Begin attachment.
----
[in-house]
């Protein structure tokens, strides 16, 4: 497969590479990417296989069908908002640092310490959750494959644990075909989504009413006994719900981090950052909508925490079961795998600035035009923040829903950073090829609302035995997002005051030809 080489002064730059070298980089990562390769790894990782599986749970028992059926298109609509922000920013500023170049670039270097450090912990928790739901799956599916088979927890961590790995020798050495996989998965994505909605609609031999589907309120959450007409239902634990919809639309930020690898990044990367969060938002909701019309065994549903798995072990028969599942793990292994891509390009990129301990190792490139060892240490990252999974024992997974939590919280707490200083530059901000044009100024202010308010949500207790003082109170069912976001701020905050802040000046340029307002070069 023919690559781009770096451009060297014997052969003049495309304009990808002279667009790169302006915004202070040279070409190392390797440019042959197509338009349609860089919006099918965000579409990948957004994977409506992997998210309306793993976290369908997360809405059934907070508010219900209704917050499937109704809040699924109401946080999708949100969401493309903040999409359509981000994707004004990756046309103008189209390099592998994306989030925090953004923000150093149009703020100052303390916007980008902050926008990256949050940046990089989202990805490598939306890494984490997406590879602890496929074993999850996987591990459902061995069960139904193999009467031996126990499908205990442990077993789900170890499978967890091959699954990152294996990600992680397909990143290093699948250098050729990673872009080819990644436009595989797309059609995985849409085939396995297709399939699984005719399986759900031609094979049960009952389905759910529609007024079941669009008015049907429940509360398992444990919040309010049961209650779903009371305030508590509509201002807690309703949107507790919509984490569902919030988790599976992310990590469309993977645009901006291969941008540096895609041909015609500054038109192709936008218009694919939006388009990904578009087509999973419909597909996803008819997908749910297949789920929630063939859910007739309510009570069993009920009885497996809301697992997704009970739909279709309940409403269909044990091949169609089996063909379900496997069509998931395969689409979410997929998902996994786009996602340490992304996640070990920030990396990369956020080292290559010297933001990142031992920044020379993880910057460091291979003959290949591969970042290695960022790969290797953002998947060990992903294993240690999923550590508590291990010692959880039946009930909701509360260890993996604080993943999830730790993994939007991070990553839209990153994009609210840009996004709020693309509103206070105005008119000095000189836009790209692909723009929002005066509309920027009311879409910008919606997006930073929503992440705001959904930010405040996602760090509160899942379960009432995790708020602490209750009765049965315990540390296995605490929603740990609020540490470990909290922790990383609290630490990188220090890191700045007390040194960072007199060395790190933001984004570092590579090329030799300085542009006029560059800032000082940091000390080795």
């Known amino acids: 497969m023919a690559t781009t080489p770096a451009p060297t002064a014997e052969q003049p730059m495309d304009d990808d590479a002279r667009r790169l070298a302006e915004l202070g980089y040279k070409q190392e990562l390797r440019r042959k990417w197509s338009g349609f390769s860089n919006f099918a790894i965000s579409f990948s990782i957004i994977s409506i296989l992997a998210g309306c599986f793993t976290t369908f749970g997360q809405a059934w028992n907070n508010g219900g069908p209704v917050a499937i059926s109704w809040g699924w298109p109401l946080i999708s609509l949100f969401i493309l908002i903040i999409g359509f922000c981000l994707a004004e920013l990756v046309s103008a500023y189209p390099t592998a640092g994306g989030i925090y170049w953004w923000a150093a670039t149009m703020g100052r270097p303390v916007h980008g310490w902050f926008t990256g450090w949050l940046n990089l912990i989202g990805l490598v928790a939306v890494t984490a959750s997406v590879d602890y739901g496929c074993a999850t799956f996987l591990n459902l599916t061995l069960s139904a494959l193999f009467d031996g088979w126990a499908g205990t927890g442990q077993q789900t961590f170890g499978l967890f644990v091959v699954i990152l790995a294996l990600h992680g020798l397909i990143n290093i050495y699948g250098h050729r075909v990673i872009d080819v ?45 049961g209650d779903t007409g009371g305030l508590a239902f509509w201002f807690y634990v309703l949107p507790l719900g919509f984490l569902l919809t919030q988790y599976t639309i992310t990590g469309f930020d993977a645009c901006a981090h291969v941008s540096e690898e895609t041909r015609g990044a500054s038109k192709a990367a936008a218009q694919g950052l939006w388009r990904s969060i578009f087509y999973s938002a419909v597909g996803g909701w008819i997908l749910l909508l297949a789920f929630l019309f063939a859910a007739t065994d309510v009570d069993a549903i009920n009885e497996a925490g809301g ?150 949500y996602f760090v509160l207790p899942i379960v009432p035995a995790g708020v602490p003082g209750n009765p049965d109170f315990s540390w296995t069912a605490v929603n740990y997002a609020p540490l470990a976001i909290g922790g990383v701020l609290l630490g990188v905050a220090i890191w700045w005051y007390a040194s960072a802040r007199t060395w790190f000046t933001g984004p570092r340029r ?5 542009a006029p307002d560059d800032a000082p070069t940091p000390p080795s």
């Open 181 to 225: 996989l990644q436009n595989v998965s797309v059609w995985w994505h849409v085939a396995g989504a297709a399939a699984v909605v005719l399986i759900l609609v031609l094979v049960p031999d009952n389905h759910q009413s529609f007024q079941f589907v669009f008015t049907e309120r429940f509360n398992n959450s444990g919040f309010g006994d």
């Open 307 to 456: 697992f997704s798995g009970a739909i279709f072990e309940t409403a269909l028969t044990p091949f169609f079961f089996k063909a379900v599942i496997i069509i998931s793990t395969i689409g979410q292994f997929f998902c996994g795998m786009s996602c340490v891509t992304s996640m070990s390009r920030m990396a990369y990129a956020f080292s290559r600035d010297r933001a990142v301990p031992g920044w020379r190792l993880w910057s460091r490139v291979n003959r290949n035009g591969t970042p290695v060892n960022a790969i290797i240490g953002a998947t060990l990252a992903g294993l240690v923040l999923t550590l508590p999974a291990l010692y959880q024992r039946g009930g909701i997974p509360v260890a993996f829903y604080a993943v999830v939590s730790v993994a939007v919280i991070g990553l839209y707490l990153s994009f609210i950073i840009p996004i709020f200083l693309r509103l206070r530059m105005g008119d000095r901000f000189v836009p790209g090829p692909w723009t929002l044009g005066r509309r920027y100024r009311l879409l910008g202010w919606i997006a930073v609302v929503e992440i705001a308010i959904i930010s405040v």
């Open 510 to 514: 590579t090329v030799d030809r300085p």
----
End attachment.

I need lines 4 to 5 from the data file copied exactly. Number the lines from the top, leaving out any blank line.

């Open 181 to 225: 996989l990644q436009n595989v998965s797309v059609w995985w994505h849409v085939a396995g989504a297709a399939a699984v909605v005719l399986i759900l609609v031609l094979v049960p031999d009952n389905h759910q009413s529609f007024q079941f589907v669009f008015t049907e309120r429940f509360n398992n959450s444990g919040f309010g006994d």
């Open 307 to 456: 697992f997704s798995g009970a739909i279709f072990e309940t409403a269909l028969t044990p091949f169609f079961f089996k063909a379900v599942i496997i069509i998931s793990t395969i689409g979410q292994f997929f998902c996994g795998m786009s996602c340490v891509t992304s996640m070990s390009r920030m990396a990369y990129a956020f080292s290559r600035d010297r933001a990142v301990p031992g920044w020379r190792l993880w910057s460091r490139v291979n003959r290949n035009g591969t970042p290695v060892n960022a790969i290797i240490g953002a998947t060990l990252a992903g294993l240690v923040l999923t550590l508590p999974a291990l010692y959880q024992r039946g009930g909701i997974p509360v260890a993996f829903y604080a993943v999830v939590s730790v993994a939007v919280i991070g990553l839209y707490l990153s994009f609210i950073i840009p996004i709020f200083l693309r509103l206070r530059m105005g008119d000095r901000f000189v836009p790209g090829p692909w723009t929002l044009g005066r509309r920027y100024r009311l879409l910008g202010w919606i997006a930073v609302v929503e992440i705001a308010i959904i930010s405040v």